A classic example for me is the story of my first patch to KDE. KDE's education suite includes a tool called KMPlot which takes a mathematical expression and plots it as a graph. At secondary school my teachers used a similar program called OmniGraph heavily. Aside from looking and feeling somewhat dated it had a raft of minor irritations which could easily be fixed with access to the code.

I wanted something similar to help with assignments at home and I found KMPlot (KDE 3.4x). I fired it up and entered a simple equation:

y = sin(x)

I was met with a somewhat cryptic error. It turns out that KMPlot required equations to be defined as named functions ( name(x) = expression ). Children at secondary schools in England don't learn about these until A-Levels, 4 years after they start playing with graphs. Whoops! My first patch fixed this by accepting "y = expression" equations and then re-writing them internally.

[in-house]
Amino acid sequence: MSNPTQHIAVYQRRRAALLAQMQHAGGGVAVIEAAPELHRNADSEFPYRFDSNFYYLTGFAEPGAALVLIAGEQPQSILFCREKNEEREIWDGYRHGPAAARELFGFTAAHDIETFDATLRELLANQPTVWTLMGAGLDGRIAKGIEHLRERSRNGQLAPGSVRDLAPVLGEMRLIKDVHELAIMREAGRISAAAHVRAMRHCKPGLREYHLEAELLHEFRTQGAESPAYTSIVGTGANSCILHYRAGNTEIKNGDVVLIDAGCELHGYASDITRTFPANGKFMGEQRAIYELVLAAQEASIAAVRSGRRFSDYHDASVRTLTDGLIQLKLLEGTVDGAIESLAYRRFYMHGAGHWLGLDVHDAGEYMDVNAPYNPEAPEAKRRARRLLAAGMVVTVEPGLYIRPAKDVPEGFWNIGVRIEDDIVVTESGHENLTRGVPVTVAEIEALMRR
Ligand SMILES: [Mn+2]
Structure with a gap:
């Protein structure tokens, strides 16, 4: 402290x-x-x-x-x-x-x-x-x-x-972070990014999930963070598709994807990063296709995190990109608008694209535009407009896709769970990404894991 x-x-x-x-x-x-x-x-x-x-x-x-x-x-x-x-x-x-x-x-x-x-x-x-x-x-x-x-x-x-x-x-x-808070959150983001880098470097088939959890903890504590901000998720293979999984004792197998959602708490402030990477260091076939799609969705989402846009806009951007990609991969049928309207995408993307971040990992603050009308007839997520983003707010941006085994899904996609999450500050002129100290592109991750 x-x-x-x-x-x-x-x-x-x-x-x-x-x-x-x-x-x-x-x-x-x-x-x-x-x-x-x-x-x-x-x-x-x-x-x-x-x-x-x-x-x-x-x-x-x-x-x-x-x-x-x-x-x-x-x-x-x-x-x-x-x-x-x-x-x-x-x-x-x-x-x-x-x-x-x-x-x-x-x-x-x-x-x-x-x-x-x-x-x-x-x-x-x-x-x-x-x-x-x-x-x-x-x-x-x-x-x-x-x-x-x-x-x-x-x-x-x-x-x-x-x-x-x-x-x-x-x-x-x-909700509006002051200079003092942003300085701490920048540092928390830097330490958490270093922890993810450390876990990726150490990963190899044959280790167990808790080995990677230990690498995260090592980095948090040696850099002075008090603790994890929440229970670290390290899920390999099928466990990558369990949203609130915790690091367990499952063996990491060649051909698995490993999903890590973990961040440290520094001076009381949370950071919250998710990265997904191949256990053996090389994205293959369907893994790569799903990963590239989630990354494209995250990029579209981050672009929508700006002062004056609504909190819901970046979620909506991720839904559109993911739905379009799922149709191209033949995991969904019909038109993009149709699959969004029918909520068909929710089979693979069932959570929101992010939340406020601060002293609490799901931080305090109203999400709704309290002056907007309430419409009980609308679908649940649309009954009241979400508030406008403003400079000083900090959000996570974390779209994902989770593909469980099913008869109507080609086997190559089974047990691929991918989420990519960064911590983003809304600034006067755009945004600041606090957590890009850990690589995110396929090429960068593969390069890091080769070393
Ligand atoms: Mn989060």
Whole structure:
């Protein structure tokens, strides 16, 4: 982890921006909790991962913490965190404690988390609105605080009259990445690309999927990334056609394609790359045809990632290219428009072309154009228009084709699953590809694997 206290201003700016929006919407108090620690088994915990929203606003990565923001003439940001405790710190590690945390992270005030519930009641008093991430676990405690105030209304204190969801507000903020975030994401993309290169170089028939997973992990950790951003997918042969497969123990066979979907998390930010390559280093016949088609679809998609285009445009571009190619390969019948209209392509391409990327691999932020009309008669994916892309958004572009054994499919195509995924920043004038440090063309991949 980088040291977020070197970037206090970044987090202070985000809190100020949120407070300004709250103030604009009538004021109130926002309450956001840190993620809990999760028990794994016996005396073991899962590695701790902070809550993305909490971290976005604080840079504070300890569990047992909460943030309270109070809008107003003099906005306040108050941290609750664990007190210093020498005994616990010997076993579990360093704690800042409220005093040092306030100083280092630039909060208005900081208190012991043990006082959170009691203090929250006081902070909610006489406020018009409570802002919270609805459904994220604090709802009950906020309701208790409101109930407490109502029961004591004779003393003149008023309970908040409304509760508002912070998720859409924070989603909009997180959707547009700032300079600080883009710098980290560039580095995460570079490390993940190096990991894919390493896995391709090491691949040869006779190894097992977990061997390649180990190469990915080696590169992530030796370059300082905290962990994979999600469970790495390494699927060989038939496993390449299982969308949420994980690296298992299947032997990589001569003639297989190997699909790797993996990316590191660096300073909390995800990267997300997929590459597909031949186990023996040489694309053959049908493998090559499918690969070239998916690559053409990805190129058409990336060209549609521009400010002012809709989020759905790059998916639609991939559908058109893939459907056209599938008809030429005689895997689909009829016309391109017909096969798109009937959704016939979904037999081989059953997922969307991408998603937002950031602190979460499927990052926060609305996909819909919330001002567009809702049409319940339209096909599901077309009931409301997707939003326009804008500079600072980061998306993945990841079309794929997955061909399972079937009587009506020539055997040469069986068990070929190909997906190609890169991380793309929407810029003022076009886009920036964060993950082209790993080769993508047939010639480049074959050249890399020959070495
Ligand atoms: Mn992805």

A more signficant problem was the interface design. A common use of OmniGraph was for teachers to load it up on their PC in a classroom which was connected to a projector. They would then enter several related equations into OmniGraph and use laser-pointers, electronic white-board pens or wooden rulers to explain the relationships between the various equations and their graphs. This environment imposes a couple of major requirements:

- Projected images generally have poor contrast. The equations therefore need to be displayed in a big colorful font so that they can be read at a distance by pupils in a classroom.
- In order to compare multiple equations and their graphs, equations need to be displayed alongside their graphs.